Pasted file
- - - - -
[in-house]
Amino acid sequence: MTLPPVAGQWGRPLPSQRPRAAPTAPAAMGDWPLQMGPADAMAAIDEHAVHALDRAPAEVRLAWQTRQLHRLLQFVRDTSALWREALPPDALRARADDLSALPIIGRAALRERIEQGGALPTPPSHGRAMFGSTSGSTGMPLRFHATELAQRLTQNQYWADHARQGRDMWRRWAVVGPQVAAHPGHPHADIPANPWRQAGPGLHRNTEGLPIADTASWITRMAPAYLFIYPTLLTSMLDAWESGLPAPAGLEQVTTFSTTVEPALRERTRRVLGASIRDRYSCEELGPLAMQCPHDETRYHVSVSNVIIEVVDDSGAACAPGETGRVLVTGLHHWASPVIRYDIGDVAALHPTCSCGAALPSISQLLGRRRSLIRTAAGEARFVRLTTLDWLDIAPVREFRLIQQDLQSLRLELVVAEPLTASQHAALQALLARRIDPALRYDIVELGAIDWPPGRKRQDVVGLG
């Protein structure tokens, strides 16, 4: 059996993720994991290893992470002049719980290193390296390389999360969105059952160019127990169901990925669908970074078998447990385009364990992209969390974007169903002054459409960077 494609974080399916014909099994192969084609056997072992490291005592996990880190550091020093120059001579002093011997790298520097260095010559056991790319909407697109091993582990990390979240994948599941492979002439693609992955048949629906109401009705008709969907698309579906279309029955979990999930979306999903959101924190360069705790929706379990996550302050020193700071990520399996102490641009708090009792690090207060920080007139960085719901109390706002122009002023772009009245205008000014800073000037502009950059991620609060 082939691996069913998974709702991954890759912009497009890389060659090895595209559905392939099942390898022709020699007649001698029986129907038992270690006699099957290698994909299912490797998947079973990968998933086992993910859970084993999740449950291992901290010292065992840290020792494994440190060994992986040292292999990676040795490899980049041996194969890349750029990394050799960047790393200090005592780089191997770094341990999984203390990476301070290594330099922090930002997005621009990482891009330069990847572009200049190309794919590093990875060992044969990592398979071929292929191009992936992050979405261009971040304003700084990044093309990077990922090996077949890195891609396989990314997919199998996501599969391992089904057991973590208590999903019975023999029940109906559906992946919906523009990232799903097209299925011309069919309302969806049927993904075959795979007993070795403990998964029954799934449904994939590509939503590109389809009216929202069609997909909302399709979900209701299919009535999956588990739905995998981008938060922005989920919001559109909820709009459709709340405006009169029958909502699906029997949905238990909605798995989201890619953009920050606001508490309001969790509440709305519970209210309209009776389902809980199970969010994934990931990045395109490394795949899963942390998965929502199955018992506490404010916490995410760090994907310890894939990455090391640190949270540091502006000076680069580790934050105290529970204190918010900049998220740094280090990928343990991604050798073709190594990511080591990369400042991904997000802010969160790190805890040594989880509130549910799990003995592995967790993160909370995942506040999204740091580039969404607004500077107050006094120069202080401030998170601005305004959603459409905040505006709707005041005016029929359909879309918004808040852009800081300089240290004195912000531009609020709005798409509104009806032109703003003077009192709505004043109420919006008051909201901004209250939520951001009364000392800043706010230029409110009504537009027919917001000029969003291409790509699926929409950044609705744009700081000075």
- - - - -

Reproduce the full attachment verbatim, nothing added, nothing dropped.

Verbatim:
[in-house]
Amino acid sequence: MTLPPVAGQWGRPLPSQRPRAAPTAPAAMGDWPLQMGPADAMAAIDEHAVHALDRAPAEVRLAWQTRQLHRLLQFVRDTSALWREALPPDALRARADDLSALPIIGRAALRERIEQGGALPTPPSHGRAMFGSTSGSTGMPLRFHATELAQRLTQNQYWADHARQGRDMWRRWAVVGPQVAAHPGHPHADIPANPWRQAGPGLHRNTEGLPIADTASWITRMAPAYLFIYPTLLTSMLDAWESGLPAPAGLEQVTTFSTTVEPALRERTRRVLGASIRDRYSCEELGPLAMQCPHDETRYHVSVSNVIIEVVDDSGAACAPGETGRVLVTGLHHWASPVIRYDIGDVAALHPTCSCGAALPSISQLLGRRRSLIRTAAGEARFVRLTTLDWLDIAPVREFRLIQQDLQSLRLELVVAEPLTASQHAALQALLARRIDPALRYDIVELGAIDWPPGRKRQDVVGLG
């Protein structure tokens, strides 16, 4: 059996993720994991290893992470002049719980290193390296390389999360969105059952160019127990169901990925669908970074078998447990385009364990992209969390974007169903002054459409960077 494609974080399916014909099994192969084609056997072992490291005592996990880190550091020093120059001579002093011997790298520097260095010559056991790319909407697109091993582990990390979240994948599941492979002439693609992955048949629906109401009705008709969907698309579906279309029955979990999930979306999903959101924190360069705790929706379990996550302050020193700071990520399996102490641009708090009792690090207060920080007139960085719901109390706002122009002023772009009245205008000014800073000037502009950059991620609060 082939691996069913998974709702991954890759912009497009890389060659090895595209559905392939099942390898022709020699007649001698029986129907038992270690006699099957290698994909299912490797998947079973990968998933086992993910859970084993999740449950291992901290010292065992840290020792494994440190060994992986040292292999990676040795490899980049041996194969890349750029990394050799960047790393200090005592780089191997770094341990999984203390990476301070290594330099922090930002997005621009990482891009330069990847572009200049190309794919590093990875060992044969990592398979071929292929191009992936992050979405261009971040304003700084990044093309990077990922090996077949890195891609396989990314997919199998996501599969391992089904057991973590208590999903019975023999029940109906559906992946919906523009990232799903097209299925011309069919309302969806049927993904075959795979007993070795403990998964029954799934449904994939590509939503590109389809009216929202069609997909909302399709979900209701299919009535999956588990739905995998981008938060922005989920919001559109909820709009459709709340405006009169029958909502699906029997949905238990909605798995989201890619953009920050606001508490309001969790509440709305519970209210309209009776389902809980199970969010994934990931990045395109490394795949899963942390998965929502199955018992506490404010916490995410760090994907310890894939990455090391640190949270540091502006000076680069580790934050105290529970204190918010900049998220740094280090990928343990991604050798073709190594990511080591990369400042991904997000802010969160790190805890040594989880509130549910799990003995592995967790993160909370995942506040999204740091580039969404607004500077107050006094120069202080401030998170601005305004959603459409905040505006709707005041005016029929359909879309918004808040852009800081300089240290004195912000531009609020709005798409509104009806032109703003003077009192709505004043109420919006008051909201901004209250939520951001009364000392800043706010230029409110009504537009027919917001000029969003291409790509699926929409950044609705744009700081000075």